It is already well established that LMP1 is capable of activating JNK (14, 17, 25). While a majority (73%) of healthy EBV carriers have a glycine (G) present at position 335 in the LMP1 protein, around 90% of NPC patients in Hong Kong have an aspartic acid (D) substituting for G335 in LMP1 (7, 8). To test whether this mutation leads to enhanced JNK activation by LMP1, we cotransfected HeLa cells with HA-JNK2 along with either form of LMP1. As shown in Fig. Fig.1B,1B, both forms of LMP1 activated JNK to the same level. A detailed dose-dependent study also failed to reveal any significant difference between the two forms of LMP1 in their ability to activate JNK (unpublished data). This indicated that LMP1(D335) does not cause enhanced JNK activation in host cells. For simplicity, we only used LMP1(D335) in subsequent experiments. Consistent with a previous report (12), we found that a truncated LMP1 mutant without the last eight amino acids at the carboxyl terminus (LMP1Δ8) completely failed to activate JNK (Fig. (Fig.1C),1C), suggesting that the carboxyl-terminal eight amino acids are essential for LMP1 to engage the JNK pathway.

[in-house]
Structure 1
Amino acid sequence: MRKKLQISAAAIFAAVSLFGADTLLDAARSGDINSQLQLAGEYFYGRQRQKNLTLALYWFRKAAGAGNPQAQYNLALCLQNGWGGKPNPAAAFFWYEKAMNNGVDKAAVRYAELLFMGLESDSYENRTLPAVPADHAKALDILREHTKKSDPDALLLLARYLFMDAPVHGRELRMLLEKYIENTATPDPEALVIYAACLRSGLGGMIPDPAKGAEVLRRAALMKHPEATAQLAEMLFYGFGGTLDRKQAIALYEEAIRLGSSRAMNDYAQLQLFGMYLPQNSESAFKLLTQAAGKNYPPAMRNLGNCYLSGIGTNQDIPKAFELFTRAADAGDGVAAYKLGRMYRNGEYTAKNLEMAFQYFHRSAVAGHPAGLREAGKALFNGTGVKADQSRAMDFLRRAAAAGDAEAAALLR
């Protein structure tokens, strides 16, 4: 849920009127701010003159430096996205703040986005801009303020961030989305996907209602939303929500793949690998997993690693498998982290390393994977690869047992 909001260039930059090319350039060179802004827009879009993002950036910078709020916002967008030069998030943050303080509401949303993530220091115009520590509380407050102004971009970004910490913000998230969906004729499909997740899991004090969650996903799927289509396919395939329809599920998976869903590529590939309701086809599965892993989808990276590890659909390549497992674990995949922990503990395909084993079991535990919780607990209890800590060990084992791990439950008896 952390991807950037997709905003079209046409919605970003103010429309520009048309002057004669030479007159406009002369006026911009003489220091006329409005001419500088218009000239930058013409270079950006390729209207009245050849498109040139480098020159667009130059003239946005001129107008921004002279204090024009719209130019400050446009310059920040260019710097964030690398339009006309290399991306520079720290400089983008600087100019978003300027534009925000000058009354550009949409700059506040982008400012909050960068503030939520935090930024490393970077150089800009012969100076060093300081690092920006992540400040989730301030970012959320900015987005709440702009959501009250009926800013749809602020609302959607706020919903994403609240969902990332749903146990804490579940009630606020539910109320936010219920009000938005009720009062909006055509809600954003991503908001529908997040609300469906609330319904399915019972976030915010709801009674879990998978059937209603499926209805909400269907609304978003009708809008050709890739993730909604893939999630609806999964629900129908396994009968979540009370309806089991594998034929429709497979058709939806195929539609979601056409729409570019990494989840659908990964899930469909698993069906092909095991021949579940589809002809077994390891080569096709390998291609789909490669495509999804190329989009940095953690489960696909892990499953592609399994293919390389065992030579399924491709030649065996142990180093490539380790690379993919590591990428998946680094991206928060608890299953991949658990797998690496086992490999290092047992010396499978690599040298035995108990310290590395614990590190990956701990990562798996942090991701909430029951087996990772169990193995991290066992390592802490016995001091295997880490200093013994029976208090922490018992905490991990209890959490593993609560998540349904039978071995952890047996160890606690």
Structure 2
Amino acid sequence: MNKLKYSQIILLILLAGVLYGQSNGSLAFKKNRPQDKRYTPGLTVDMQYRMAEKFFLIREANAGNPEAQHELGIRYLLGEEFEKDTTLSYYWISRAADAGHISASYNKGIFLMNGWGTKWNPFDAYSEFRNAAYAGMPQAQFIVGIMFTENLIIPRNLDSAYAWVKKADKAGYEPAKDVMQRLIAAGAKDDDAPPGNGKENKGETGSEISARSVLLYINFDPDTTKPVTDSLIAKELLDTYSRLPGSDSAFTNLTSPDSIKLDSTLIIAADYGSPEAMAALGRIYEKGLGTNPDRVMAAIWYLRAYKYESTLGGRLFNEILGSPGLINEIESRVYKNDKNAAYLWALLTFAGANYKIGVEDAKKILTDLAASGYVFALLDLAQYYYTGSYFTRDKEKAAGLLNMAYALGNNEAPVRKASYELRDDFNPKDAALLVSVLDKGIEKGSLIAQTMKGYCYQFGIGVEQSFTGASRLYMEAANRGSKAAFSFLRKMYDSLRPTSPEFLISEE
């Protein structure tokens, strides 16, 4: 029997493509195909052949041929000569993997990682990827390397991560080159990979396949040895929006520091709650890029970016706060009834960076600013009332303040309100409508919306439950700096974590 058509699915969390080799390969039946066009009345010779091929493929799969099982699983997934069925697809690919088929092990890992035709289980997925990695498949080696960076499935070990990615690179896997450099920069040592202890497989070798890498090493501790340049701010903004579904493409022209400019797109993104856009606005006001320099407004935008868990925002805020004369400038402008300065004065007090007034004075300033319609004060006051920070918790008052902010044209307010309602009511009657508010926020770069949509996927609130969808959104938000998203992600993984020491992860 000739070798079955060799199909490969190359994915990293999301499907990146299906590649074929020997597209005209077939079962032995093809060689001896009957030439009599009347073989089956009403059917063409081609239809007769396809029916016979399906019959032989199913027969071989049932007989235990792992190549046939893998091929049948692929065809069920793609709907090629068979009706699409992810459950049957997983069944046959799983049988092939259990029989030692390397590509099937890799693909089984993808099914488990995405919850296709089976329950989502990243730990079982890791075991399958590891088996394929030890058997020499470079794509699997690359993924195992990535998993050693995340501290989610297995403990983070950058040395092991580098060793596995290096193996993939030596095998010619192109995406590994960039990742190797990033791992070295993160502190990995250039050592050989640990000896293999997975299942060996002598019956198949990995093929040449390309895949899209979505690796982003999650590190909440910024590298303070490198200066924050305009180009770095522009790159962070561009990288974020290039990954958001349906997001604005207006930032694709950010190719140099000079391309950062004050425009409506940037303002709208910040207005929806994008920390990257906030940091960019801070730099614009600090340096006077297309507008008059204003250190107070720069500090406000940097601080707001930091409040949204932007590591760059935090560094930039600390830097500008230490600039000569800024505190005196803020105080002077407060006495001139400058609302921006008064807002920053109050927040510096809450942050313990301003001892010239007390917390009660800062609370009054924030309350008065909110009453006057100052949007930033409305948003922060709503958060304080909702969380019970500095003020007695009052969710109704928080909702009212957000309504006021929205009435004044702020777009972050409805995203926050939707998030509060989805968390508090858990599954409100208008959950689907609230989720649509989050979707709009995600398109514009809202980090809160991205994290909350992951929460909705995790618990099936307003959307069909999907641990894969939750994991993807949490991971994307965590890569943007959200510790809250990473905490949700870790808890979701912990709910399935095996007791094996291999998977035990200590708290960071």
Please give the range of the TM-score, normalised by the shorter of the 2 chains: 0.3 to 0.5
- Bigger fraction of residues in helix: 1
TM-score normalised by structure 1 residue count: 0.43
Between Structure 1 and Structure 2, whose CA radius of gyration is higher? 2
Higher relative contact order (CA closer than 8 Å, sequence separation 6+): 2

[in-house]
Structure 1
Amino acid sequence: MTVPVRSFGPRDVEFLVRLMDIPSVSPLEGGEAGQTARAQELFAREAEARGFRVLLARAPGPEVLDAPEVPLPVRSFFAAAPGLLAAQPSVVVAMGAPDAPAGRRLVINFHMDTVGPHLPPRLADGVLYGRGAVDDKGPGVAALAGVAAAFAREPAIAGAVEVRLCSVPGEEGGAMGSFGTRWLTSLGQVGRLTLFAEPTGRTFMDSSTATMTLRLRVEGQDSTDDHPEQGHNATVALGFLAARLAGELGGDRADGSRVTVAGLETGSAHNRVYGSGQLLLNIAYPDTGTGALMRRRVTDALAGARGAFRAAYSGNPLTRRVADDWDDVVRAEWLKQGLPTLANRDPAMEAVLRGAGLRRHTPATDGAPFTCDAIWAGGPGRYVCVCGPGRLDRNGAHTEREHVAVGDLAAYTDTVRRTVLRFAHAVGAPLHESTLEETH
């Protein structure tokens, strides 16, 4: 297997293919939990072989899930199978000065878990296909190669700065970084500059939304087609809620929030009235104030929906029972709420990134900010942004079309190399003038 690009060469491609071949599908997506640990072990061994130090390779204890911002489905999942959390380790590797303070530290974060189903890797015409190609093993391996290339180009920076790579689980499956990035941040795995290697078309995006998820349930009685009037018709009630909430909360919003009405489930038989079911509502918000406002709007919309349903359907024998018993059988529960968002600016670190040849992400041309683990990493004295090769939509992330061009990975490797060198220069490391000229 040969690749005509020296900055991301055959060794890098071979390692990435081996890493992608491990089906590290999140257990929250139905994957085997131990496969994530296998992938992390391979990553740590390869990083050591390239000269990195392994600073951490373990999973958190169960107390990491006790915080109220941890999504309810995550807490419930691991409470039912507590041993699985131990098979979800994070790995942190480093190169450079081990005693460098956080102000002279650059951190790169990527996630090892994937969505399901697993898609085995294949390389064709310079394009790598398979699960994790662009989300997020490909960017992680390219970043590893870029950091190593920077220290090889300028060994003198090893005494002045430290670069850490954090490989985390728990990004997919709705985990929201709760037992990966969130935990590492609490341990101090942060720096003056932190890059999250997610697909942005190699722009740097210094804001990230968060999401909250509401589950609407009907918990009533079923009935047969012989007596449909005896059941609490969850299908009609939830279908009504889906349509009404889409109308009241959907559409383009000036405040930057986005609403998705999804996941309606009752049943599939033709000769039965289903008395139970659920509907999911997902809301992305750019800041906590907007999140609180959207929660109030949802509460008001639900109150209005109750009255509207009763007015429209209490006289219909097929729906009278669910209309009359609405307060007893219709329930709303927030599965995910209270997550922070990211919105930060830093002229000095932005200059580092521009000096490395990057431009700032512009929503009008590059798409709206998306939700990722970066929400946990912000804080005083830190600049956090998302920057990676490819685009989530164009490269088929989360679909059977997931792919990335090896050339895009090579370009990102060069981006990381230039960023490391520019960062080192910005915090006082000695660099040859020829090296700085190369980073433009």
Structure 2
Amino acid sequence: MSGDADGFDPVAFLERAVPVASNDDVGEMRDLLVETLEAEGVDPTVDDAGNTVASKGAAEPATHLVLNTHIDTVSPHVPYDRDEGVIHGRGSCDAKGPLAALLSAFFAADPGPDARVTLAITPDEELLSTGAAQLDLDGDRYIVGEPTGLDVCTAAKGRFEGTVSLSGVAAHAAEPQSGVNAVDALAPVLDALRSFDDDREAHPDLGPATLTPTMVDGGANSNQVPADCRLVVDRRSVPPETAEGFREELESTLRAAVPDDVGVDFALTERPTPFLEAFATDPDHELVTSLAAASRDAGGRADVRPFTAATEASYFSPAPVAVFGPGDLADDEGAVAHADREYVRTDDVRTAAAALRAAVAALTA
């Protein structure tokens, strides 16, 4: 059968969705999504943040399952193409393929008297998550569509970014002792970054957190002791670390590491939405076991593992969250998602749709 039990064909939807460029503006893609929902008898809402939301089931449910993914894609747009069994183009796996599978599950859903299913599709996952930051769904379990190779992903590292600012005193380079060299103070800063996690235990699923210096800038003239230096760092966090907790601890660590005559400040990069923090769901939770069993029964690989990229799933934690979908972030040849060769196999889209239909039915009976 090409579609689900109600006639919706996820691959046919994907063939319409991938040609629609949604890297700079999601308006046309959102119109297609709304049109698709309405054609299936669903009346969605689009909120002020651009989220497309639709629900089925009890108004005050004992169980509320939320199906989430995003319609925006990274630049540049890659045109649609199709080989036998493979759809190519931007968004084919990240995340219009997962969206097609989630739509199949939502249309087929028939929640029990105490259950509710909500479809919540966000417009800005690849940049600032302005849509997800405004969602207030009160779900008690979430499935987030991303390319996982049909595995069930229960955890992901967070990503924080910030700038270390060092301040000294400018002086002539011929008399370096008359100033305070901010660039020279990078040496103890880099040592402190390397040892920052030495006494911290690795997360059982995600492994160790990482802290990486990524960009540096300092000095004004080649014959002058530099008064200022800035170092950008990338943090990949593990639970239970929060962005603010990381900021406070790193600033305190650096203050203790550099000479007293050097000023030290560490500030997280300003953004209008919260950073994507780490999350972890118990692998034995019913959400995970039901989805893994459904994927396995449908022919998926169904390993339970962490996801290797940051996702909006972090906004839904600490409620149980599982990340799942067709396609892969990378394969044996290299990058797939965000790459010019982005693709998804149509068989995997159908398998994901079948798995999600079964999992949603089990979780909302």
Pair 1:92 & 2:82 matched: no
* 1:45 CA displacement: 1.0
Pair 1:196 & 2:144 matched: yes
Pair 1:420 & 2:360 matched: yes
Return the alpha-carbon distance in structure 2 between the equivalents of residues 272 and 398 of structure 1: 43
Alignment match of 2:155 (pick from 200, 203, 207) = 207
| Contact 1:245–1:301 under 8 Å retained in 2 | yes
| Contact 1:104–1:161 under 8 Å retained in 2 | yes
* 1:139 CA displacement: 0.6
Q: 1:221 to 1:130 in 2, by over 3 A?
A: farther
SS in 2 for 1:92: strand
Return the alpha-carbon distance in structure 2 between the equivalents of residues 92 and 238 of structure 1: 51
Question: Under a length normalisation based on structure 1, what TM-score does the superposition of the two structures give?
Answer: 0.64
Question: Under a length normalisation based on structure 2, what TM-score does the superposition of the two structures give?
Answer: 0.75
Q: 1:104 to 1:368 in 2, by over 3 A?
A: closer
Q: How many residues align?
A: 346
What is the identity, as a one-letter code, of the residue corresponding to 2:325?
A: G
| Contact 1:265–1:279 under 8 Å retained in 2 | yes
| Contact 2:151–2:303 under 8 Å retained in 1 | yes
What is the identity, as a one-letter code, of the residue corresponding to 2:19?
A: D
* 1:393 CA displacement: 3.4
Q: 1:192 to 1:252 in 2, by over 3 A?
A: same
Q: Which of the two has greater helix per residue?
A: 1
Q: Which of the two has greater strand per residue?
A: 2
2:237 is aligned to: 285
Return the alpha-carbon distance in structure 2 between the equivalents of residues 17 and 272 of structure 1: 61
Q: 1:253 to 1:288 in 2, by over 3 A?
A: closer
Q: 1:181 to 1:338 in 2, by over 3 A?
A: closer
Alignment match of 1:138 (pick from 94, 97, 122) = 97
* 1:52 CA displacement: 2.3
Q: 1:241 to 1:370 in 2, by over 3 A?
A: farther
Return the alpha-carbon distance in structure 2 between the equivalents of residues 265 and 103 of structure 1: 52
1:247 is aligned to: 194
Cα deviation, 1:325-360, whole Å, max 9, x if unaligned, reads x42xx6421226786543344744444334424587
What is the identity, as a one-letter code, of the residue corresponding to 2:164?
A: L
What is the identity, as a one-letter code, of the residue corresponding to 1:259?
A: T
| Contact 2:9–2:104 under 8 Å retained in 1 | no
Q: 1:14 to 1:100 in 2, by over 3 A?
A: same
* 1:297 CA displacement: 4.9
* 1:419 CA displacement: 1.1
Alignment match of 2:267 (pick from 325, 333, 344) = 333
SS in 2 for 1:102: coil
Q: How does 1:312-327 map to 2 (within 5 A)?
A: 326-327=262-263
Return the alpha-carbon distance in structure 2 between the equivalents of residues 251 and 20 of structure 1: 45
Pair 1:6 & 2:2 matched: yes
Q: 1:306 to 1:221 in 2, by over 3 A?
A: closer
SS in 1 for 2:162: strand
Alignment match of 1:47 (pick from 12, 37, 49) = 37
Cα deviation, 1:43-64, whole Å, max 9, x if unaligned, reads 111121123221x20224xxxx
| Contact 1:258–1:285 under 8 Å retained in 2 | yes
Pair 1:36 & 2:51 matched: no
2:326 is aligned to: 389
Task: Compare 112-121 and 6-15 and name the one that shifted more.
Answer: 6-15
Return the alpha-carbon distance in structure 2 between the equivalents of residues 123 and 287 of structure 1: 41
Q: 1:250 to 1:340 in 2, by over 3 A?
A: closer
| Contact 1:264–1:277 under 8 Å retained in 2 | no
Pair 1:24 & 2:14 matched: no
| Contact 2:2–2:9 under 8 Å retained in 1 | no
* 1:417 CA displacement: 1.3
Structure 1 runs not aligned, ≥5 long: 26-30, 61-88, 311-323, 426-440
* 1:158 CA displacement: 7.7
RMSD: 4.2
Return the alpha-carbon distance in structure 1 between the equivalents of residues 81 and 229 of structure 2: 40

As only two homologous mitogen-activated protein kinase kinases (MAP2Ks), namely JNKK1 (or MKK4) and JNKK2 (or MKK7), are known to act specifically upstream of JNK (10), we asked whether LMP1 preferentially activates one of them. 293T cells were transfected with either an empty vector or LMP1, and the endogenous JNKK1 and JNKK2 were separately immunoprecipitated and subjected to a coupled kinase assay (44). As shown in Fig. Fig.2,2, the endogenous JNKK1 and JNKK2 could both be efficiently activated by LMP1, indicating that both JNKK1 and JNKK2 can mediate the stimulatory effect of LMP1 on JNK.